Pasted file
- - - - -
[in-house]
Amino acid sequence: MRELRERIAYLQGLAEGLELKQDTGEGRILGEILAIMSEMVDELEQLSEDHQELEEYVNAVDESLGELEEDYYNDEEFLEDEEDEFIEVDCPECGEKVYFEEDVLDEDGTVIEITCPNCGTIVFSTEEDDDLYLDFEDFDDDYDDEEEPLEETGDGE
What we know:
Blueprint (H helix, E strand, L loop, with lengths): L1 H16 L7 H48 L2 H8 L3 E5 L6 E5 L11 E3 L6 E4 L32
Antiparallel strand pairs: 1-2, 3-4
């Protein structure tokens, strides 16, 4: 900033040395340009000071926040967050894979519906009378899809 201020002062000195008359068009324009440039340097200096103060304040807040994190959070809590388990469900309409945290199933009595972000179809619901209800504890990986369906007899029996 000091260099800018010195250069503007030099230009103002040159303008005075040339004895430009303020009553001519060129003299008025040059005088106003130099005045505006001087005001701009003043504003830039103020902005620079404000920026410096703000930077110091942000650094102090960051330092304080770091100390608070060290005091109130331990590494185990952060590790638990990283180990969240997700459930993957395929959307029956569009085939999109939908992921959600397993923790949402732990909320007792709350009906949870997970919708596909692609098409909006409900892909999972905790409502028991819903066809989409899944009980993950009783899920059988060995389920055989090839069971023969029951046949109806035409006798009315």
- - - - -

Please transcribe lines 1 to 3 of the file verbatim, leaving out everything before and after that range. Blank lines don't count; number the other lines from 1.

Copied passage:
[in-house]
Amino acid sequence: MRELRERIAYLQGLAEGLELKQDTGEGRILGEILAIMSEMVDELEQLSEDHQELEEYVNAVDESLGELEEDYYNDEEFLEDEEDEFIEVDCPECGEKVYFEEDVLDEDGTVIEITCPNCGTIVFSTEEDDDLYLDFEDFDDDYDDEEEPLEETGDGE
What we know: